• If we experience a dry winter, supplemental watering will be necessary. Even though there are no leaves above the ground surface, the bulb is active producing roots.
  • Be sure to protect the bulbs from pests as well. Squirrels, rabbits, and voles will tend to damage or dig them up if they are planted too close to the surface.
  • Keep bulbs inside flower beds. Planting bulbs in the middle of the lawn will cause problems when trying to apply spring pre-emergent applications, potentially damaging the flowers or leaving spots of the lawn vulnerable to weeds.

With a little planning and extra effort this fall, you will be well on your way to being the envy of your neighborhood next spring. Contact LawnAmerica today for more information.

Posted by & filed under Fescue.

It’s been pretty dry in Carolina for the past six weeks, making watering your lawn much more important. And if we’ve seeded fescue grass, proper watering is even more important.

We’ve prepared the soil with good aeration. We’ve applied a good starter fertilizer and an organic soil amendment. All you have to do is wait for the seed to come up and your lawn will look perfect, right?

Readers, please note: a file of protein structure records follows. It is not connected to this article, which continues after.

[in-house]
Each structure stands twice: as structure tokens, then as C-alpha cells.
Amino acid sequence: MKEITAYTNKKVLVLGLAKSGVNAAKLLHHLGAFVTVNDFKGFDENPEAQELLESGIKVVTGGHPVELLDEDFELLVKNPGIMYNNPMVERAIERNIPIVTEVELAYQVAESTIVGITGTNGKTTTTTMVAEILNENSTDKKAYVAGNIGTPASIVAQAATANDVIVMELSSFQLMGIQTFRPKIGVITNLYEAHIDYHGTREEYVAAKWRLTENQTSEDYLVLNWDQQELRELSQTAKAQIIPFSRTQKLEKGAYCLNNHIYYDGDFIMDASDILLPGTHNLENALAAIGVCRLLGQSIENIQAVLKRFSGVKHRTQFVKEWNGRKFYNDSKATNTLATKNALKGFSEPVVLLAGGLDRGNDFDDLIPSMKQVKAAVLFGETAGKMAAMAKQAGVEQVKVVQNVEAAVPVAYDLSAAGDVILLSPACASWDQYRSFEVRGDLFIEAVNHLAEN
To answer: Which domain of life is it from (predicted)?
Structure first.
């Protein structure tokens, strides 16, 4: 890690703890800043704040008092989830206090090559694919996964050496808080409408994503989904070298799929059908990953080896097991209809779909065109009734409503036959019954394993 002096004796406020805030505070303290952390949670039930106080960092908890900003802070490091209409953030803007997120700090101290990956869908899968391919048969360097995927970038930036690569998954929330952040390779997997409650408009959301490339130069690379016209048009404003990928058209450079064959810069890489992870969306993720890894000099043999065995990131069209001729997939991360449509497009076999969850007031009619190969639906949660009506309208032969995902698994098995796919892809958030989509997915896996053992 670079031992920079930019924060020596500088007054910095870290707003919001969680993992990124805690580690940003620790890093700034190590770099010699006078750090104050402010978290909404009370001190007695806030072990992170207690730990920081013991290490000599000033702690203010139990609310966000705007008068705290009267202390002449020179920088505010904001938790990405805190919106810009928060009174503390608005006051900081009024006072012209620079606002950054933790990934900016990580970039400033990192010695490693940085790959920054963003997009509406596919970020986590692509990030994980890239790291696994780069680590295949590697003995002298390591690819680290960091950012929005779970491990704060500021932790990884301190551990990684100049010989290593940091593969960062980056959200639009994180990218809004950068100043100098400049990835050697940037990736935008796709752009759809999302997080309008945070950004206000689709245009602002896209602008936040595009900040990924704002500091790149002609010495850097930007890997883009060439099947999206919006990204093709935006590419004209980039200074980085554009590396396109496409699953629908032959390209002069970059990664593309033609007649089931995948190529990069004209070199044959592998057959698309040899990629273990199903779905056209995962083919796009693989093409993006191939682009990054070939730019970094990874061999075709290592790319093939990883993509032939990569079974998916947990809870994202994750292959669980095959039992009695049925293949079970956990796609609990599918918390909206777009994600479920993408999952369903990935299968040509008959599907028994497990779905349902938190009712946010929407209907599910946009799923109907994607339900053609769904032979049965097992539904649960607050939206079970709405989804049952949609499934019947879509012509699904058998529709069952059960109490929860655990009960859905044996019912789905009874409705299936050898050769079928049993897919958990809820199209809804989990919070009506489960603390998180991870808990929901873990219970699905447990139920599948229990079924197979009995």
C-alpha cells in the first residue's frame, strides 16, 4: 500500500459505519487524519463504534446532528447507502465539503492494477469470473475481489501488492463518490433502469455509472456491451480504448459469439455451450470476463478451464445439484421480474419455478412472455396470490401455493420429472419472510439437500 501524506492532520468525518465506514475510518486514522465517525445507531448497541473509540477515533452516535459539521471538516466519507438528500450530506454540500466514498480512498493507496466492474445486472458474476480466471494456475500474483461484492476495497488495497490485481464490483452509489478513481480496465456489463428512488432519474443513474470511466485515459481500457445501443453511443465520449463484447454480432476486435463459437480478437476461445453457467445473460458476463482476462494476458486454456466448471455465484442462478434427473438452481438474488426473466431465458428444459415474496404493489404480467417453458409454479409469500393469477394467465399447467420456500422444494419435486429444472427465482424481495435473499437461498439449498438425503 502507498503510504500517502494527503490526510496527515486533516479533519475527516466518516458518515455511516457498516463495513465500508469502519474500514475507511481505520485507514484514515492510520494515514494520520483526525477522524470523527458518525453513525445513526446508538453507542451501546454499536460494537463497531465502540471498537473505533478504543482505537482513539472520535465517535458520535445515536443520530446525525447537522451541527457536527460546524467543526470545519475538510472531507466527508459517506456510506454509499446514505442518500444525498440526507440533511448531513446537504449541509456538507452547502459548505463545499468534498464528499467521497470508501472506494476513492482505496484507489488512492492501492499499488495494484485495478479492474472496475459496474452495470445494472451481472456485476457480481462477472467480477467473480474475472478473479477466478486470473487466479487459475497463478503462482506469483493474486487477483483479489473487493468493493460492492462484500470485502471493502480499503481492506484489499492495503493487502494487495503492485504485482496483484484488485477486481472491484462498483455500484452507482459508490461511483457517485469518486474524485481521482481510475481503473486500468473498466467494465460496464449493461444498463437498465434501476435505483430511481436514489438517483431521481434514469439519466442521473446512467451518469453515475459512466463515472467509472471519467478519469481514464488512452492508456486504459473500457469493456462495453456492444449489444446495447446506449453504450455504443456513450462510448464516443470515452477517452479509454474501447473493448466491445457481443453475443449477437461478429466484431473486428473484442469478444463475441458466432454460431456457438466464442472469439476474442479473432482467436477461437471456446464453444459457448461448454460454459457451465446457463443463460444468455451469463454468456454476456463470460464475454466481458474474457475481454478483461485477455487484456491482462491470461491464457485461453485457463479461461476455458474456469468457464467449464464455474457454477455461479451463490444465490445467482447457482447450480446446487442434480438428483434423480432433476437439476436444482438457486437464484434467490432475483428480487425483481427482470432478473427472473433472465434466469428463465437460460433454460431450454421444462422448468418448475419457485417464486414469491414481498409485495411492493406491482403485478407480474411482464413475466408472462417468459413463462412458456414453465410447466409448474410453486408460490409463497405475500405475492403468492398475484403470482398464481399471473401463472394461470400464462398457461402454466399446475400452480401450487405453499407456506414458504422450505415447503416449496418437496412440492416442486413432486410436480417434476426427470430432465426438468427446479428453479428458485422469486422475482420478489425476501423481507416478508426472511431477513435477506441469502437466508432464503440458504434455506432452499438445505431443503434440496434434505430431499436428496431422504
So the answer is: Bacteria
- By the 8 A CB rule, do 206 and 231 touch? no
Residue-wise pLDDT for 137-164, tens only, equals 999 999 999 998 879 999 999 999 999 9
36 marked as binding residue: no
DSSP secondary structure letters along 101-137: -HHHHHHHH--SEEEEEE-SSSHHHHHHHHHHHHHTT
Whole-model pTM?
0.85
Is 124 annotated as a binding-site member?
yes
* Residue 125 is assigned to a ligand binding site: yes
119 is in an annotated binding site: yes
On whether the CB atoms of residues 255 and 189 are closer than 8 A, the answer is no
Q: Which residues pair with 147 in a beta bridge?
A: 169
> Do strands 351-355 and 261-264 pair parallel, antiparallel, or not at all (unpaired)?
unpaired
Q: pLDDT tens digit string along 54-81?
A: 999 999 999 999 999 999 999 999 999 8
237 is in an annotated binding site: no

WRONG! Without proper watering on a consistent basis, seed will not germinate properly and the new seedlings will not grow. Water is the key, for without it plants will die.

After seeding is complete, refer to the detailed watering instructions we left at your property, which explains how to properly water a newly seeded lawn. Keep the seedbed moist for at least 10 days – watering several times daily if possible.

After the seed germinates, you can cut back on the watering frequency, but the soil must not be allowed to dry out. The seedlings are very fragile, with a weak root system, so it will take months for that to effectively develop. Gradually, you can increase the duration of watering, while cutting back on the frequency.

Another key factor is using the best fescue seed possible. If you are doing your own seeding, don’t use what’s available from the big box stores. CLICK HERE for more information on that. At LawnAmerica, we use a blend of three top quality fescue varieties, plus a small amount of perennial ryegrass, with zero weed seed and almost zero crop seed.

So please help us out and do your part in watering your lawn and seeded fescue. And remember, it will take several months before seeded fescue will mature and thicken up to be a dense grass, so be patient. By next spring, your fescue turf should be looking great.

Posted by & filed under azaleas.

Written by Evie Baltzer, LawnAmerica Horticulturist

Are your Azaleas bright green or yellow in color?

If so, you may have pH problems with the soil around your plants.